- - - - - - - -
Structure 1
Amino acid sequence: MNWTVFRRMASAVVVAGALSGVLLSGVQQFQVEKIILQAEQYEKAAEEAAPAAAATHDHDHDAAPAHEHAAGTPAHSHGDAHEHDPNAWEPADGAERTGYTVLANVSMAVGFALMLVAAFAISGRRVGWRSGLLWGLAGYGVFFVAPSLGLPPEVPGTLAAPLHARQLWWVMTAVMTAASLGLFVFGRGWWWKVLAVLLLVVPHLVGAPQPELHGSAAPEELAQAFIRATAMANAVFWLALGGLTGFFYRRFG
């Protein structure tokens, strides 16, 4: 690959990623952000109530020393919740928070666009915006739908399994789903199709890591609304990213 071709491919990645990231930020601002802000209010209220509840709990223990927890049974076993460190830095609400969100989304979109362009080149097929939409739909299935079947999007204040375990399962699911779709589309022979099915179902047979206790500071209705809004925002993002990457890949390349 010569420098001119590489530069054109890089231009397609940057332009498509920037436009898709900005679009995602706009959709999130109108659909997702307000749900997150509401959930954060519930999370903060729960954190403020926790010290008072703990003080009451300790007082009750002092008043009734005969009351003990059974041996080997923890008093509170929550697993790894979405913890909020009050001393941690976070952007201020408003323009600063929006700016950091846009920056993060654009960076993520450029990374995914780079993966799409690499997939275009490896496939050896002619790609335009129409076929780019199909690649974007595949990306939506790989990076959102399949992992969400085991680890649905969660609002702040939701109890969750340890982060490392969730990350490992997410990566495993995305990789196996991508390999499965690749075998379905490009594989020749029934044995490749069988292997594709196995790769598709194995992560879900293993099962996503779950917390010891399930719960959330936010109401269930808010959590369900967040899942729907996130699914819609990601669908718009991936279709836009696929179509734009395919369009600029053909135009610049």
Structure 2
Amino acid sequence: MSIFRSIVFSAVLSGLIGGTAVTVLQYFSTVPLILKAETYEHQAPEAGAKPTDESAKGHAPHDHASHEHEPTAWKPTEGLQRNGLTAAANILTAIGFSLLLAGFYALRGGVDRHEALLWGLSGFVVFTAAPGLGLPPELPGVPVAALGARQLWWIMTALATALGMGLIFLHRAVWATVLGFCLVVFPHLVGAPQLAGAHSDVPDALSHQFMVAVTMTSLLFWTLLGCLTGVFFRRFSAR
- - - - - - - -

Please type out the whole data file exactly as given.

Structure 1
Amino acid sequence: MNWTVFRRMASAVVVAGALSGVLLSGVQQFQVEKIILQAEQYEKAAEEAAPAAAATHDHDHDAAPAHEHAAGTPAHSHGDAHEHDPNAWEPADGAERTGYTVLANVSMAVGFALMLVAAFAISGRRVGWRSGLLWGLAGYGVFFVAPSLGLPPEVPGTLAAPLHARQLWWVMTAVMTAASLGLFVFGRGWWWKVLAVLLLVVPHLVGAPQPELHGSAAPEELAQAFIRATAMANAVFWLALGGLTGFFYRRFG
């Protein structure tokens, strides 16, 4: 690959990623952000109530020393919740928070666009915006739908399994789903199709890591609304990213 071709491919990645990231930020601002802000209010209220509840709990223990927890049974076993460190830095609400969100989304979109362009080149097929939409739909299935079947999007204040375990399962699911779709589309022979099915179902047979206790500071209705809004925002993002990457890949390349 010569420098001119590489530069054109890089231009397609940057332009498509920037436009898709900005679009995602706009959709999130109108659909997702307000749900997150509401959930954060519930999370903060729960954190403020926790010290008072703990003080009451300790007082009750002092008043009734005969009351003990059974041996080997923890008093509170929550697993790894979405913890909020009050001393941690976070952007201020408003323009600063929006700016950091846009920056993060654009960076993520450029990374995914780079993966799409690499997939275009490896496939050896002619790609335009129409076929780019199909690649974007595949990306939506790989990076959102399949992992969400085991680890649905969660609002702040939701109890969750340890982060490392969730990350490992997410990566495993995305990789196996991508390999499965690749075998379905490009594989020749029934044995490749069988292997594709196995790769598709194995992560879900293993099962996503779950917390010891399930719960959330936010109401269930808010959590369900967040899942729907996130699914819609990601669908718009991936279709836009696929179509734009395919369009600029053909135009610049």
Structure 2
Amino acid sequence: MSIFRSIVFSAVLSGLIGGTAVTVLQYFSTVPLILKAETYEHQAPEAGAKPTDESAKGHAPHDHASHEHEPTAWKPTEGLQRNGLTAAANILTAIGFSLLLAGFYALRGGVDRHEALLWGLSGFVVFTAAPGLGLPPELPGVPVAALGARQLWWIMTALATALGMGLIFLHRAVWATVLGFCLVVFPHLVGAPQLAGAHSDVPDALSHQFMVAVTMTSLLFWTLLGCLTGVFFRRFSAR